During some much-needed therapy we learn Ally has more phobias than your average person, including a fear of blood, darkness, tiny holes and a host of others. Her struggles are not new and stem from the trauma she felt in college after the 9/11 attacks – a trauma she pulled herself out of with the help of her wife Ivy and the life they built together. Set with a prescription for anti-anxiety medications, Ally heads to the grocery store where she thinks a gang of clowns is following her – clowns behind her, clowns having sex in the produce aisle and clowns on scooters wielding knives and using her phobias like weapons. She freaks and grabs a bottle of Rose’, chucks it at the scooter clown’s head, runs to her car and winds up crashing it when she sees one of the painted faced monsters in her back seat. Of course, once Ivy brings Ally home, the cops found no evidence of any killer clown sexcapades, all the store’s surveillance footage shows is Ally screaming and waving the wine bottle around. Ivy is starting to doubt Ally’s stability and on top of that their business is suffering because of it. The two own a restaurant called The Butchery and since the election Ally’s fear has trumped her work ethic, not to mention their sex life which is seriously struggling. Ivy is not happy and there is definite trouble in lady love land.

After work, the two are walking through town discussing the fact they need to hire a new nanny for Oz when they run into Kai who throws a latte in their faces and is generally rude and threatening. He is the face of this new post-election America and the encounter becomes a catalyst for another argument between the couple.

Not too surprising, Winter answers the nanny add and meets with Ally and Ivy. She seems like a perfect fit for the liberal lesbian couple, but as Winter answers their questions the scene cuts to her locking fingers with Kai and playing a brutally honest truth game. He asks a slew of inappropriate questions and her answers seem to coincide with the ones she’s giving Ally and Ivy. Is Winter just looking for a stable job after taking a year off of college to find herself or did Kai send her to this meeting for some other nefarious reasons? Of course, Winter gets the job as Oz’s nanny while her brother is running around town throwing urine filled condoms on Latinos and secretly recording his own, totally deserved, ass kicking.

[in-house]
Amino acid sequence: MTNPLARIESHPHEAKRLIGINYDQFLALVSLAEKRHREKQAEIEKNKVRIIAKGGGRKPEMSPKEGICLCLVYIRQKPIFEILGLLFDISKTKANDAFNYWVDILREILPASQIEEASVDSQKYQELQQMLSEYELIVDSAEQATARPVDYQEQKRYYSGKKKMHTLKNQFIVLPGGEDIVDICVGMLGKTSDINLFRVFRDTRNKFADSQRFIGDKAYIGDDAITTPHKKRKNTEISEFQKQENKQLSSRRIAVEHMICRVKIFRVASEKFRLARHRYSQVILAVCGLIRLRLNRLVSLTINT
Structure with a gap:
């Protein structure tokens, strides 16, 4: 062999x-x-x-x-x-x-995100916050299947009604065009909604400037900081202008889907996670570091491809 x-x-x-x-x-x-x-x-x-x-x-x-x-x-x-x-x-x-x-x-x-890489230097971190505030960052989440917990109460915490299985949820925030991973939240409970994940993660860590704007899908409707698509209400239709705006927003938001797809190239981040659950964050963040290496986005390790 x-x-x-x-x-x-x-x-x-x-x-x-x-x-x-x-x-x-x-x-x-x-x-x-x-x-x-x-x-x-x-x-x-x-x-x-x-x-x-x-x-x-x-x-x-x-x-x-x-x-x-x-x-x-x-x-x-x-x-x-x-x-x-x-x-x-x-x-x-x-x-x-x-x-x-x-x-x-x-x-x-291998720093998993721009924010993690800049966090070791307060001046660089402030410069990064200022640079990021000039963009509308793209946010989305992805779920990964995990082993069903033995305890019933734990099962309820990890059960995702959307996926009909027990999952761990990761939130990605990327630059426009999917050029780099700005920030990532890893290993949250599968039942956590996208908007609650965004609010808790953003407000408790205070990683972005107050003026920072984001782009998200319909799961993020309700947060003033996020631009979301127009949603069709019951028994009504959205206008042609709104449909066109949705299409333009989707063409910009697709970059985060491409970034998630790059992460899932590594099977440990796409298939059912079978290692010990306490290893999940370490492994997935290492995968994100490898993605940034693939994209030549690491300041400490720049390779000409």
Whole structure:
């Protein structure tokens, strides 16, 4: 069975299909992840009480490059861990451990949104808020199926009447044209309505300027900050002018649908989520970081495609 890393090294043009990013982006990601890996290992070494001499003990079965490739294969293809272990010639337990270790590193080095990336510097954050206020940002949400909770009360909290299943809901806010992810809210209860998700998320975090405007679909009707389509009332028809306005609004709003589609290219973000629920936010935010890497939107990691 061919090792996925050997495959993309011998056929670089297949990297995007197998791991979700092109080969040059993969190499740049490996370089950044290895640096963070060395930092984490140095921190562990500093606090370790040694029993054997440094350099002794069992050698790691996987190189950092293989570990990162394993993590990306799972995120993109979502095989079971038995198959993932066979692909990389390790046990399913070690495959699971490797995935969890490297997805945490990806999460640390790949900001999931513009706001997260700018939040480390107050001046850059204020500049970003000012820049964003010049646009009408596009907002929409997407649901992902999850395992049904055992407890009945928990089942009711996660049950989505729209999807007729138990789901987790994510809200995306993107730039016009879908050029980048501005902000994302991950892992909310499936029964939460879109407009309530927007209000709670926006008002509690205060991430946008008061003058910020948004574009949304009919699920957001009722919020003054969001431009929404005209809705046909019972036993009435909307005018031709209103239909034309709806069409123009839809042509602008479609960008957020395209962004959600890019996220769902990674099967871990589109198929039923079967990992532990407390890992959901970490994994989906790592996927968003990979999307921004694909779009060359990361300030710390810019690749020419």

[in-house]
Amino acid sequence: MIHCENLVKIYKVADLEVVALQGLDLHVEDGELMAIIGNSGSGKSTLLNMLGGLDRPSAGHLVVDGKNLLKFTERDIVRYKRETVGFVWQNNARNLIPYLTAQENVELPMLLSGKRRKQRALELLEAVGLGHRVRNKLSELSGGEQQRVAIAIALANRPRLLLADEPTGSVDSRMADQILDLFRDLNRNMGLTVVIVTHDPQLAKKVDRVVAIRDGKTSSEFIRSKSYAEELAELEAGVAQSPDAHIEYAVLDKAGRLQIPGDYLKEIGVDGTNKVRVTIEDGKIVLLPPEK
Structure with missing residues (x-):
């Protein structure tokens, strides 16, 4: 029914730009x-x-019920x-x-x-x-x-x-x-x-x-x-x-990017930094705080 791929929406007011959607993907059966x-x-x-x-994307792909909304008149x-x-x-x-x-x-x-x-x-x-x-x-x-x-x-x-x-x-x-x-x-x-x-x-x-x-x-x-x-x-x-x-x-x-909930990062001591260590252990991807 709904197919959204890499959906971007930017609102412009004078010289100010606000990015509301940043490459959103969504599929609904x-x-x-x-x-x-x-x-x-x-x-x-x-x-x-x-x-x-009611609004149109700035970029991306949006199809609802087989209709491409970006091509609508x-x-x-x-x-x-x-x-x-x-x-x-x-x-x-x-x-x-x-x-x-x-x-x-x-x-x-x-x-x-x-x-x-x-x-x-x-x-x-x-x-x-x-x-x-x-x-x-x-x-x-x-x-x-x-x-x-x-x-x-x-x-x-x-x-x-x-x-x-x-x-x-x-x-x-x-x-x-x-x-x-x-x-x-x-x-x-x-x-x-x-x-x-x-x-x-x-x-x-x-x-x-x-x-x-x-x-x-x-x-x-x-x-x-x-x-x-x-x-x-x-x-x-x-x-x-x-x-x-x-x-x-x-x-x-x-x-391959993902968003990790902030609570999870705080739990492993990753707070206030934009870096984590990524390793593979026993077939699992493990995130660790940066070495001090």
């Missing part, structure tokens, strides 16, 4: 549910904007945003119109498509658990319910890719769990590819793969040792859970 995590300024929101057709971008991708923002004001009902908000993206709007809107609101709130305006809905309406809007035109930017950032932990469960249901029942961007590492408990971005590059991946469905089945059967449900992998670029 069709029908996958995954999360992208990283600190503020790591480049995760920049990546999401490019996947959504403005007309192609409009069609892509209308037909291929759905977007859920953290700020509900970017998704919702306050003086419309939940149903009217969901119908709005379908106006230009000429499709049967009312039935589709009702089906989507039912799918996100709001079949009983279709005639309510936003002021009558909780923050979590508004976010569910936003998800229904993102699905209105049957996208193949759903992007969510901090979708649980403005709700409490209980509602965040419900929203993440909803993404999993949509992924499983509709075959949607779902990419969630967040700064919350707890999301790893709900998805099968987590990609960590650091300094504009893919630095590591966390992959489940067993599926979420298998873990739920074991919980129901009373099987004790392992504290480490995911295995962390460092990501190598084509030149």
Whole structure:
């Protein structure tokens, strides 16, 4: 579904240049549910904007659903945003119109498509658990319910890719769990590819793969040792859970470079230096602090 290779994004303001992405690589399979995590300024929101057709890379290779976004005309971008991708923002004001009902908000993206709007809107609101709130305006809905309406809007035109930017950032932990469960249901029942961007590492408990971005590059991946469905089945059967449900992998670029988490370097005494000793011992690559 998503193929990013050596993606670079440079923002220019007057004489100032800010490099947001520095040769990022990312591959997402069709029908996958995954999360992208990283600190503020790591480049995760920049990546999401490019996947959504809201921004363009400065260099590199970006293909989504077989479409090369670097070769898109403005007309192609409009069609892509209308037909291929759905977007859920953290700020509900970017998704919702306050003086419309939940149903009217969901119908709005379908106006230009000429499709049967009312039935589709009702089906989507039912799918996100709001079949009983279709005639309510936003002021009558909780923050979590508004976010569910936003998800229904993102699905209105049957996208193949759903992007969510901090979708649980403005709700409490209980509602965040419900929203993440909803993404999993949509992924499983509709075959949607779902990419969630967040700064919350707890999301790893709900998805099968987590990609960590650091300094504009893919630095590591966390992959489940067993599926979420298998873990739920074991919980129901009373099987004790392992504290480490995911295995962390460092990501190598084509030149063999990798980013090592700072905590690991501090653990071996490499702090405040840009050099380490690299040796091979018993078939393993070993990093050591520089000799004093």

Trying to find some piece of normalcy in their lives, Ivy cooks Ally a romantic dinner at their restaurant. Everything seems to be going well until Ally sees a masturbatory clown relieving himself in her soup as well as a bleeding and holey crumpet on her plate. The frightened woman goes on a screaming rampage and Ivy is at a loss as to how to handle her wife, who’s quickly losing her grip on reality. Not only are there no clowns, but there also no bleeding crumpets, which makes Ally question her own sanity. Ivy convinces her to take one of her anxiety pills. but things go haywire when they get home and see their street blocked off by police.

While his parents were at The Butchery, Winter and Oz were getting to know one another. She notices the young boy drawing Twisty death scenes and takes it upon herself to introduce him to the dark web and an endless loop of real life murder videos that no child should ever see. So, it’s no surprise that when Oz hears an Ice Cream truck outside in the middle of the night he sees a group of murderous clowns climb out. He drags Winter outside ad across the street where they witness the Changs getting slaughtered in some clown/Manson murder copycat death scene.

When his panicked Mothers arrive, Oz tells them what he saw yet Winter denies everything. She claims he was reading the Twisty horror comic and must be confused. When Ally hears clowns, she starts to panic and demands answers from the detective on the scene who assures her the Changs died from a murder suicide and nobody else was involved. With their friends both dead and their son traumatized, the couple goes to bed only for Ally to awaken when she hears a noise. She whispers to her wife that she hears something but when Ivy doesn’t respond. Ally turns over and screams. Ivy’s not next to her. It’s an evil clown in their bed! It ends with Ally screaming, but are her triggers invading her dreams? Who knows. But for an opening episode Election Night really brought the terror making Cult one of the scariest “American Horror Story,” premieres to date.